Mourning cloaks and eastern commas spend their winters in Iowa in the adult stage, and are the most likely to be seen early on.  Gray commas and compton tortoiseshells have similar life cycles and might be possible as well, but they are not very common here so are less likely to be seen than the other two.
If you walk in the woodlands on a sunny March day, watch for sunny branches up high where you might see the eastern commas basking.  Look for moisture on the bark of trees.  That can be an indication of sap leaking from a crack in the bark or perhaps where a branch meets the main trunk.  It can also be caused by small holes drilled into the bark by sapsuckers (a type of woodpecker).  Early butterflies use that sap as a source of food, as flowers are not yet blooming.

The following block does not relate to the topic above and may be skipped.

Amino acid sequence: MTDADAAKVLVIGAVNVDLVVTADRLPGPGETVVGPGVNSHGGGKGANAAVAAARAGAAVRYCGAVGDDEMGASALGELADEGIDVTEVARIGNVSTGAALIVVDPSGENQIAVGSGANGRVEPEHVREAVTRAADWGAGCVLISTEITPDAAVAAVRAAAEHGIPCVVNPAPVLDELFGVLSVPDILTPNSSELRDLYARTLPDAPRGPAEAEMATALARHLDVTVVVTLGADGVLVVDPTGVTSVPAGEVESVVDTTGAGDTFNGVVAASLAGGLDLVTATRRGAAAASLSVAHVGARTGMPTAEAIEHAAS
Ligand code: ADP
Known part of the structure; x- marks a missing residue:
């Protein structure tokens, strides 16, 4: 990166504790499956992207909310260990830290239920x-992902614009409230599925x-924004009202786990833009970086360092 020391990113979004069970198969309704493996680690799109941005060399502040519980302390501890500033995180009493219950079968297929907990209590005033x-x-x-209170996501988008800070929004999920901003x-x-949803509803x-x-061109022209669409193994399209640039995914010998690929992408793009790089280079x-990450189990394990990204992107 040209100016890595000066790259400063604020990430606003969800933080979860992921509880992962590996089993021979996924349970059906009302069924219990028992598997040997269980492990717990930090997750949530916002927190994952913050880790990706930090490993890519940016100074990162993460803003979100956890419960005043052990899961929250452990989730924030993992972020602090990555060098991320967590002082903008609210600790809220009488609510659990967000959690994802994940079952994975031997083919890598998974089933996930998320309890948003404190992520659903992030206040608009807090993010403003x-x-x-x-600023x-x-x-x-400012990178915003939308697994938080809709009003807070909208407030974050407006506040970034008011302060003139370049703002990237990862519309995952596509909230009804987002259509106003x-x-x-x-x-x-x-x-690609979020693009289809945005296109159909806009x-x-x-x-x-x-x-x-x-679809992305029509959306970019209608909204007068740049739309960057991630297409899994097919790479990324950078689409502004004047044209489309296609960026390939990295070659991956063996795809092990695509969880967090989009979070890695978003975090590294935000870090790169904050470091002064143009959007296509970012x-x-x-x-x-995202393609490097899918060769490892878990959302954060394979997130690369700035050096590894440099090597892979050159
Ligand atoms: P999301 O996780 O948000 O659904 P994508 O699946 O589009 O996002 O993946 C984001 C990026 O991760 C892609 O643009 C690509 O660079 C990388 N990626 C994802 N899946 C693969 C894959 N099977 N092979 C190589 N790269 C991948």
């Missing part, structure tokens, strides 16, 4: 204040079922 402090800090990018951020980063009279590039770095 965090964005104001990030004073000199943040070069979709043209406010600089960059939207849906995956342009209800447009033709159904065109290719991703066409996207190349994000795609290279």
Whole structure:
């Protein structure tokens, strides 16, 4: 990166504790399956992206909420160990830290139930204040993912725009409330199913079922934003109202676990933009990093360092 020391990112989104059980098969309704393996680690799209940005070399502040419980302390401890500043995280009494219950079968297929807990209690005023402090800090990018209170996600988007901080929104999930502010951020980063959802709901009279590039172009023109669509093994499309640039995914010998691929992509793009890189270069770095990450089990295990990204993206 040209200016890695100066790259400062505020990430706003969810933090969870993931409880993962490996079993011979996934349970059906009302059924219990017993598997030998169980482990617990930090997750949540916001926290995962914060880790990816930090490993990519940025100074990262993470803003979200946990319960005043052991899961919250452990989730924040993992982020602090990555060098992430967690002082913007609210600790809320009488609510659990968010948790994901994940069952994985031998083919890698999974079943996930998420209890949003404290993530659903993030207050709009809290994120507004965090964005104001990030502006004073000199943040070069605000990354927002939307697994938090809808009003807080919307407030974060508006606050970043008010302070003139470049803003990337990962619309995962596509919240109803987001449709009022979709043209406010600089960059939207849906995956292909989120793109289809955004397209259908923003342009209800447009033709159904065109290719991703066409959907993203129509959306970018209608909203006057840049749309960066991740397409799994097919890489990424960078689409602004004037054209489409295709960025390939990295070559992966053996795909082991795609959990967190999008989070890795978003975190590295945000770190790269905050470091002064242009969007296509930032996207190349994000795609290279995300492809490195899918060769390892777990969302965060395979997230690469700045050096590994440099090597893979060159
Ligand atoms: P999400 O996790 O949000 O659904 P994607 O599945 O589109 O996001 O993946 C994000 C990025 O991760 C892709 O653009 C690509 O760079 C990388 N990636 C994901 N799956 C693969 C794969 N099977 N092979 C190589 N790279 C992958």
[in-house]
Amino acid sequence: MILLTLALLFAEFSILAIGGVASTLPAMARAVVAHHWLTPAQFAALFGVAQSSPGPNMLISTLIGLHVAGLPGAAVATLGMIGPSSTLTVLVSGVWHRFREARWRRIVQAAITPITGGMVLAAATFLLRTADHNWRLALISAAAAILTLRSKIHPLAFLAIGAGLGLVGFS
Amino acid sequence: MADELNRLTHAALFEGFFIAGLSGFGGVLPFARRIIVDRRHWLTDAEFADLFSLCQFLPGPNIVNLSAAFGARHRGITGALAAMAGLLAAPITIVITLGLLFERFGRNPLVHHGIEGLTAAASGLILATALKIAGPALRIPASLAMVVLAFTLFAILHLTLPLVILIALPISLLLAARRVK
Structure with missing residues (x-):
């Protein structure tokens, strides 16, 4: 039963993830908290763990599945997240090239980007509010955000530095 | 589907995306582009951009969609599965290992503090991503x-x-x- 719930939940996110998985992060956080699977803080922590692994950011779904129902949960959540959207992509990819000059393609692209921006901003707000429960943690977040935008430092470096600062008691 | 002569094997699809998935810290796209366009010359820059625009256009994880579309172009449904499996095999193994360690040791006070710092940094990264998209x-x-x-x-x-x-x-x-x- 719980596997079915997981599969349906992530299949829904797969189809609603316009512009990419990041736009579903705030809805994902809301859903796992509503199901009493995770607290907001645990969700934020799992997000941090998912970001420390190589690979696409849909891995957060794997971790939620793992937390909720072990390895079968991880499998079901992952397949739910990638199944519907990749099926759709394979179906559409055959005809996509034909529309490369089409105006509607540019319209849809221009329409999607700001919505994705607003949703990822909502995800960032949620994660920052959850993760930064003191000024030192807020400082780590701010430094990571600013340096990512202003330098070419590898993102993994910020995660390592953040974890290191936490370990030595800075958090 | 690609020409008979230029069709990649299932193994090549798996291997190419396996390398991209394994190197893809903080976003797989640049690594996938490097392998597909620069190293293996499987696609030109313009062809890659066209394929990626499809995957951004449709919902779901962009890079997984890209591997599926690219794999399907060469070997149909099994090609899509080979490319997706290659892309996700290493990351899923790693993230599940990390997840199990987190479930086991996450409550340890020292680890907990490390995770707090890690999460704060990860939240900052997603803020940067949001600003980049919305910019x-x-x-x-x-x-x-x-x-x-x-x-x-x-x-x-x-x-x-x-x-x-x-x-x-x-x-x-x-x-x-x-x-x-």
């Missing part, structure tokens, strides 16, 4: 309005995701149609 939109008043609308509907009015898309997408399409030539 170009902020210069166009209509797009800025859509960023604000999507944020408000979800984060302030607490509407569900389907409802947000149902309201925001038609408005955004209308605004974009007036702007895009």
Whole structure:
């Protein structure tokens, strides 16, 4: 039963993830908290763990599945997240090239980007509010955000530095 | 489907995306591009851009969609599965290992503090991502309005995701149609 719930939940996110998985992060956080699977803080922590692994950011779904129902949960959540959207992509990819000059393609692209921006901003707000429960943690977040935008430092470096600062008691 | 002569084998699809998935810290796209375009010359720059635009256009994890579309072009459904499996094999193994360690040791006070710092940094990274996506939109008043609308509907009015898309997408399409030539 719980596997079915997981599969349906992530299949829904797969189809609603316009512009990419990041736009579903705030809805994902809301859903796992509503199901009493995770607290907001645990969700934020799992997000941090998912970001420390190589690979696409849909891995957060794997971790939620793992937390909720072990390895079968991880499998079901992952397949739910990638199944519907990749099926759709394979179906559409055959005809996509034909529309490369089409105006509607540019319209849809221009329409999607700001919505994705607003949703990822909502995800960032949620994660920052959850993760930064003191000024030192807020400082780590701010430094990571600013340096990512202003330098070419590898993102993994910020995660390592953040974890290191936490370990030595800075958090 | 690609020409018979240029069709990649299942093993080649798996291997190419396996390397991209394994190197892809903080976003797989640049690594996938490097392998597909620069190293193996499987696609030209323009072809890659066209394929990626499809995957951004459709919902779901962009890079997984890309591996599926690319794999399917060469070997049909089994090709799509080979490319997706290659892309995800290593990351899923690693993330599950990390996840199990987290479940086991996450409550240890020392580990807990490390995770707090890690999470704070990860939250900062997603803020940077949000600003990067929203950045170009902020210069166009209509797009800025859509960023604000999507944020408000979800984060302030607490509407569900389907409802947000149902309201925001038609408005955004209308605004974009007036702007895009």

Red admirals are generally considered to be migratory in Iowa.  They have been observed flying south in the winter and a different generation re-populates the state in the spring.  Large numbers can show up in the spring, often late April, but if the weather cooperates they might show up as early as March.  In additon to the migration, however, red admirals seem to have a little bit of plasticity in their life cycle.  In warm winters some individuals may be able to live through the winter as either adults or some other stage.  Last year, some of the first butterflies seen in Iowa were red admirals.eastern comma

Cabbage white butterflies spend the winters in the pupal stage, and are therefore very early butterflies as well.  Typically they start flying in early April, but they might show up in March if the weather cooperates.
The numbers will be small, and the total number of species that could be seen will also be small.  Still, one or two butterflies are better than none, and are a sign of things to come.
So get out in the wild areas of Iowa when you can.  Enjoy the sights, sounds, and smells.  Watch for butterflies.
Warmer weather is coming.  Butterflies will be here before you know.

Harlan Ratcliff

  Little wood satyr